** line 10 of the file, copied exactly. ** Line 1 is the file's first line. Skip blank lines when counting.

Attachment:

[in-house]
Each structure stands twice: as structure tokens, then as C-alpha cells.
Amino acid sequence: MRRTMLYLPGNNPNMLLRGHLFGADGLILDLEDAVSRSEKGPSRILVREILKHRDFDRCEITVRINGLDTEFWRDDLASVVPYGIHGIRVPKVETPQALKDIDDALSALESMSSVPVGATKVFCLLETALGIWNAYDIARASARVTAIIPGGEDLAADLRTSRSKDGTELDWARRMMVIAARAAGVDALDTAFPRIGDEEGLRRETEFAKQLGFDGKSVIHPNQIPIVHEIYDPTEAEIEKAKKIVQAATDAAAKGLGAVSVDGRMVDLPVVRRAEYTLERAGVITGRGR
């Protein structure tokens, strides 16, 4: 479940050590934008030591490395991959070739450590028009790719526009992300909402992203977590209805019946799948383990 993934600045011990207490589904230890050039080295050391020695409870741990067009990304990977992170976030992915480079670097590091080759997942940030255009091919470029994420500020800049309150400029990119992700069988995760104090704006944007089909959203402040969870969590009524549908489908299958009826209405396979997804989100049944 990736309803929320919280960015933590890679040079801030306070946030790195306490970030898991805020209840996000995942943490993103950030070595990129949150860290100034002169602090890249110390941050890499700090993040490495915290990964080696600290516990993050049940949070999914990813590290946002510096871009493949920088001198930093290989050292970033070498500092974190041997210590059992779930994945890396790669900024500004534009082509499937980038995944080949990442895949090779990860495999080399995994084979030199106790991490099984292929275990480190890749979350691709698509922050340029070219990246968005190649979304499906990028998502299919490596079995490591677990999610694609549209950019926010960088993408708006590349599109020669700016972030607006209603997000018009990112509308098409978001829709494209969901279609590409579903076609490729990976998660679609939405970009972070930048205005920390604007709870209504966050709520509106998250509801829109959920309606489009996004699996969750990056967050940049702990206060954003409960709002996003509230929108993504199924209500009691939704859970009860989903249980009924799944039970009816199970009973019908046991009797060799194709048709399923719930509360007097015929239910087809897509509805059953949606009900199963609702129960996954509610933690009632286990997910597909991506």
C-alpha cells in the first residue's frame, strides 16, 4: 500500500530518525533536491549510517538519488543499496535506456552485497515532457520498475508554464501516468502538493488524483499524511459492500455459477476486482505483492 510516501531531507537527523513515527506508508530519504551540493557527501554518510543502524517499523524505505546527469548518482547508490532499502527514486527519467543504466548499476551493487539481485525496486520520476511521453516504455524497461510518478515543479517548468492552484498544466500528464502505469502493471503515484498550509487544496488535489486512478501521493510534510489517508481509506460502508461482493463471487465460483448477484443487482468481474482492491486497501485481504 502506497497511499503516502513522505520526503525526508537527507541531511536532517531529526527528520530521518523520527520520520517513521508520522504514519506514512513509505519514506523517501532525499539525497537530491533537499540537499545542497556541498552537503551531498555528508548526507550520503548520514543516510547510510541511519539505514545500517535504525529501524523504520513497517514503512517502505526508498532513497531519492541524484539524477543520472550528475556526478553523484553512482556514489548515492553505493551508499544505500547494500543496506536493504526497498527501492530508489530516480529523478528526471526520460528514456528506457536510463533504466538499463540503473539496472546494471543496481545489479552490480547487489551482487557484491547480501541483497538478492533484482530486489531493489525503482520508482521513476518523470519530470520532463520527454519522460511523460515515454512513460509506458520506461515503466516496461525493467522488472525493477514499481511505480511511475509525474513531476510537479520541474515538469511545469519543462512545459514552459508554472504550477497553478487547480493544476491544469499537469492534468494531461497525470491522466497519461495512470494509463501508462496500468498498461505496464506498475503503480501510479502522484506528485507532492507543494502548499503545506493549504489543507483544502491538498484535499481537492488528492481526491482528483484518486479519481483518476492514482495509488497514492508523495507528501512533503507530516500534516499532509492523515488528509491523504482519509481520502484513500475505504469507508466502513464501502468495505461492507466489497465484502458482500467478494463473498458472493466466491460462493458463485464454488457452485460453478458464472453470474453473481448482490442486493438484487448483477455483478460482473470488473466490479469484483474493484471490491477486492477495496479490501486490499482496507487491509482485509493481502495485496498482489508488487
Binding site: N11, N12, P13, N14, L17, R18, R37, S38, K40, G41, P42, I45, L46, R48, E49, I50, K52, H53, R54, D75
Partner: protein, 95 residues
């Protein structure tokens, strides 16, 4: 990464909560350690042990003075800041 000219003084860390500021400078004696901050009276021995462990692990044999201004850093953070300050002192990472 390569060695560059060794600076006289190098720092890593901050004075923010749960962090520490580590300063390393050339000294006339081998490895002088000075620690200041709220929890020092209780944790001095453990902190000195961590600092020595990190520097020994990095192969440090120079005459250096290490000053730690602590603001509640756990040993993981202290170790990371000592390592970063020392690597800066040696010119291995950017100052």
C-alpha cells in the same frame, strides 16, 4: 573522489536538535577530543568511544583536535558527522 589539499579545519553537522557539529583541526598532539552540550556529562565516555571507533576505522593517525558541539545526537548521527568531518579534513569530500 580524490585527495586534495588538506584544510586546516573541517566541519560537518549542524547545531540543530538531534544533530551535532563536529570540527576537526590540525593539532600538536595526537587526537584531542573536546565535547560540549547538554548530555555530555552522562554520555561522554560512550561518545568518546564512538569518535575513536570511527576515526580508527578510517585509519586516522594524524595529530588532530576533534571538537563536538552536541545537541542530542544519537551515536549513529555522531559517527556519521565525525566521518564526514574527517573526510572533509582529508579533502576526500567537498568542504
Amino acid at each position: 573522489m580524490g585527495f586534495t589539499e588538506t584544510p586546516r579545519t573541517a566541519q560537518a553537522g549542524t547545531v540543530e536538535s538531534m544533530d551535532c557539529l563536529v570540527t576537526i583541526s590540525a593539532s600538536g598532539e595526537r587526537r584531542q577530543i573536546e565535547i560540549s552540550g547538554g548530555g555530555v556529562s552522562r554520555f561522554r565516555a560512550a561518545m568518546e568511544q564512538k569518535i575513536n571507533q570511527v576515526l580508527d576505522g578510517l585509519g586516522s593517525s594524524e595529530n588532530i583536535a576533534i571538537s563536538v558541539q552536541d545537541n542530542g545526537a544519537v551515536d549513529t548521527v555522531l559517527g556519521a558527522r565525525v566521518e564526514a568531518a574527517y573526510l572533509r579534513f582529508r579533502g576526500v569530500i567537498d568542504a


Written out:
Amino acid at each position: 573522489m580524490g585527495f586534495t589539499e588538506t584544510p586546516r579545519t573541517a566541519q560537518a553537522g549542524t547545531v540543530e536538535s538531534m544533530d551535532c557539529l563536529v570540527t576537526i583541526s590540525a593539532s600538536g598532539e595526537r587526537r584531542q577530543i573536546e565535547i560540549s552540550g547538554g548530555g555530555v556529562s552522562r554520555f561522554r565516555a560512550a561518545m568518546e568511544q564512538k569518535i575513536n571507533q570511527v576515526l580508527d576505522g578510517l585509519g586516522s593517525s594524524e595529530n588532530i583536535a576533534i571538537s563536538v558541539q552536541d545537541n542530542g545526537a544519537v551515536d549513529t548521527v555522531l559517527g556519521a558527522r565525525v566521518e564526514a568531518a574527517y573526510l572533509r579534513f582529508r579533502g576526500v569530500i567537498d568542504a